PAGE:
Total fat content is 14 grams
Amount of Saturated fat is 2 grams
Calories per 1 Tbsp is 120

Lets take a different food: cottage cheese 4% milk fat
In a 1/2 cup of cottage cheese you will find a total of 5 grams of fat, with 3 grams of saturated fat, carbohydrates of 5 grams. (total of fiber, sugars, and proteins). Calories is 110

Lets try another: Campbells Vegetable soup
Serving size 1 cup
Total fat content is 2.5 grams
Carbohydrate total is 7 grams (fiber, sugars, and proteins)
Cholesterol intake is 10 miligrams

If you look at the ingredient list you will find "hydrogenated soybean"
It is the terminology that you need to look at when looking at the labels; For example this soup has the term "Hydrogenated" that clues you into the trans fat content. My point is that you need to look for this type of wording when reading the nutritional labels/ingredient lists. When consuming trans fats or saturated fats, both will also increase cholesterol levels. (LDL)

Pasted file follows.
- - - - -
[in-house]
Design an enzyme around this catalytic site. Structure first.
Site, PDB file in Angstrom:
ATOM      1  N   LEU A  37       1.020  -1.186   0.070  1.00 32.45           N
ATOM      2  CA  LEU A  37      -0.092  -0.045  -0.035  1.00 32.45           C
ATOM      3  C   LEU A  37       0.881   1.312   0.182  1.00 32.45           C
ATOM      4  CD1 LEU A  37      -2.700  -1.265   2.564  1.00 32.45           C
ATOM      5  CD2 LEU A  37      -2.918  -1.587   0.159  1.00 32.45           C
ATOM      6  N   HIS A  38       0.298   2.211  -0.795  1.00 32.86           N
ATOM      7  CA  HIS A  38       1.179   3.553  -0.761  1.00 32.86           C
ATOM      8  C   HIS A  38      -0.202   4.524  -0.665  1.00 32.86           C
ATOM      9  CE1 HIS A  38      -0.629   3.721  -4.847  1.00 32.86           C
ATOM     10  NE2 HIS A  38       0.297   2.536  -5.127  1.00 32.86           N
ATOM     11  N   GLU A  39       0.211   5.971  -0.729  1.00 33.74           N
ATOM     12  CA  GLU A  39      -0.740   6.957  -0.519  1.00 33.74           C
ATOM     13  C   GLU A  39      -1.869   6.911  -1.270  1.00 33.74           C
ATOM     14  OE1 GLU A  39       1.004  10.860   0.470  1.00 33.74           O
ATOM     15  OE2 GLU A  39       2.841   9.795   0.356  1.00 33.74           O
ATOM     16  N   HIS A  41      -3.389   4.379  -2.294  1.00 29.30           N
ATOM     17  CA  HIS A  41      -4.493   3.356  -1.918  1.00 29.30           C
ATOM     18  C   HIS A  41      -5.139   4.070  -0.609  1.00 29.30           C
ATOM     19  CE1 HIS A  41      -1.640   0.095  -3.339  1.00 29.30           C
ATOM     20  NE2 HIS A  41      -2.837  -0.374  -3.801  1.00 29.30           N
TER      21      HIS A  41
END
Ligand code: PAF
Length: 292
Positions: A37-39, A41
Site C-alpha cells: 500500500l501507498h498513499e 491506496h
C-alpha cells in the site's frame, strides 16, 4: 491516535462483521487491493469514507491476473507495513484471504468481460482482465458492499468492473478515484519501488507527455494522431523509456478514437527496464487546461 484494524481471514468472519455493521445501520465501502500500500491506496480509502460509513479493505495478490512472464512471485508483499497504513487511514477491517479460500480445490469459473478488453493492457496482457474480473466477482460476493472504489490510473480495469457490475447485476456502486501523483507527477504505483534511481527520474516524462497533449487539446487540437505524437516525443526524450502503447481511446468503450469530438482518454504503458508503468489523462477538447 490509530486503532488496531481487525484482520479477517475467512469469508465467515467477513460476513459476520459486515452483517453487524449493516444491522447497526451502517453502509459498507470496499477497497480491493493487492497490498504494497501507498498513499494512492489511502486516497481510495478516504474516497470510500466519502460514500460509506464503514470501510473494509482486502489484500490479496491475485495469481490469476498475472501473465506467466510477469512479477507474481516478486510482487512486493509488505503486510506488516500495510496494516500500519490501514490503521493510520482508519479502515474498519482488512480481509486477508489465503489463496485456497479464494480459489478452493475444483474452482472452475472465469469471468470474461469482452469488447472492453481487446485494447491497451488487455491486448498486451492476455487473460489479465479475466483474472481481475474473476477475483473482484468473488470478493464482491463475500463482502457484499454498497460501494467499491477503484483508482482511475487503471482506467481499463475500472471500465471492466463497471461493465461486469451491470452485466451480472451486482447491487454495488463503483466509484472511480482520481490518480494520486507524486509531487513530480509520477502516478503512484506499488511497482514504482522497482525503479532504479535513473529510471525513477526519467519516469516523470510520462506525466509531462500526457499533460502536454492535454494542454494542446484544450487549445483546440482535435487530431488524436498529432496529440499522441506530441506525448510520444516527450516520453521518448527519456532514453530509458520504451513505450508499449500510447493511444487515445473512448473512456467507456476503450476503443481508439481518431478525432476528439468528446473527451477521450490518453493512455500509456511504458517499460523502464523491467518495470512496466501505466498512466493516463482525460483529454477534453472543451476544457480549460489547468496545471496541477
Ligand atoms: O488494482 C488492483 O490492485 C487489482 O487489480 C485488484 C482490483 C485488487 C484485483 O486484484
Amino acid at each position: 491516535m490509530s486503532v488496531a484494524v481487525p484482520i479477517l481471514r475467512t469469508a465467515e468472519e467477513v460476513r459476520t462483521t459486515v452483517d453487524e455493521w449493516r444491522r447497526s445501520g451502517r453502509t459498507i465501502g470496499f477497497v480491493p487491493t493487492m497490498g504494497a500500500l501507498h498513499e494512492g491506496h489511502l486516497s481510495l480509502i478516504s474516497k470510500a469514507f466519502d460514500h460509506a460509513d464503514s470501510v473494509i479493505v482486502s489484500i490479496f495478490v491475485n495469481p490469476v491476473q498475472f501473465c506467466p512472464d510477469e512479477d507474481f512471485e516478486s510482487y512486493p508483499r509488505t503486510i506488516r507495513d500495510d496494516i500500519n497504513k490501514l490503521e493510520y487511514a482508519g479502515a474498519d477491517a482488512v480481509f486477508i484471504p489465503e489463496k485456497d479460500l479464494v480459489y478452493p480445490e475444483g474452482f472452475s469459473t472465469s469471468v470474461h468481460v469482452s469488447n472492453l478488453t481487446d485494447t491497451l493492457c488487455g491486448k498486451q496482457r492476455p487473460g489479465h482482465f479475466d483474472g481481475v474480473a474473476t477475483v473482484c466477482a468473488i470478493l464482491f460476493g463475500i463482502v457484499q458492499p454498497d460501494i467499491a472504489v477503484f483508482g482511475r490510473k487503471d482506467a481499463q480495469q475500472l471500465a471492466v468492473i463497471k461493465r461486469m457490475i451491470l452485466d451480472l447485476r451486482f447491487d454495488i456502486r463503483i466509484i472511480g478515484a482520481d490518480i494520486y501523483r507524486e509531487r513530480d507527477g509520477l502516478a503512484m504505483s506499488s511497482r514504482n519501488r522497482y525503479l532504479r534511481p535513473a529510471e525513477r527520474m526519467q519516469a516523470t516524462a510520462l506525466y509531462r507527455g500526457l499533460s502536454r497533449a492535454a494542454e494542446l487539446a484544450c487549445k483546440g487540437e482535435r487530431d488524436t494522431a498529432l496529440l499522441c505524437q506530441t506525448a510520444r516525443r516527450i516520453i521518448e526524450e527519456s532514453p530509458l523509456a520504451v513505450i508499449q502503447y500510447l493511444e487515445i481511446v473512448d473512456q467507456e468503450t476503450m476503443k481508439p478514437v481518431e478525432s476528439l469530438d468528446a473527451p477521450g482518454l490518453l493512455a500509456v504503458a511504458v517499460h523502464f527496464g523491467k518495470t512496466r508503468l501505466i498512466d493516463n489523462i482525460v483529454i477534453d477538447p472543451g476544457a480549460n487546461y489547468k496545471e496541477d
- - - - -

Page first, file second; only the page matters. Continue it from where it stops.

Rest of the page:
For persons who have family histories of heart disease, or has heart disease, controlling cholesterol is essential. For persons with no heart disease, they should still watch their cholesterol levels. Persons who have already been diagnosed with heart disease and are on cholesterol and trigclycride lowering medications need to really consider lowering their fat content to the recommended limits of 30% of all fats, and 10% or less of saturated fat consumption. Salt content also plays a large role in those persons with heart disease, hypertension, renal disease etc.. and I will cover this topic in another post.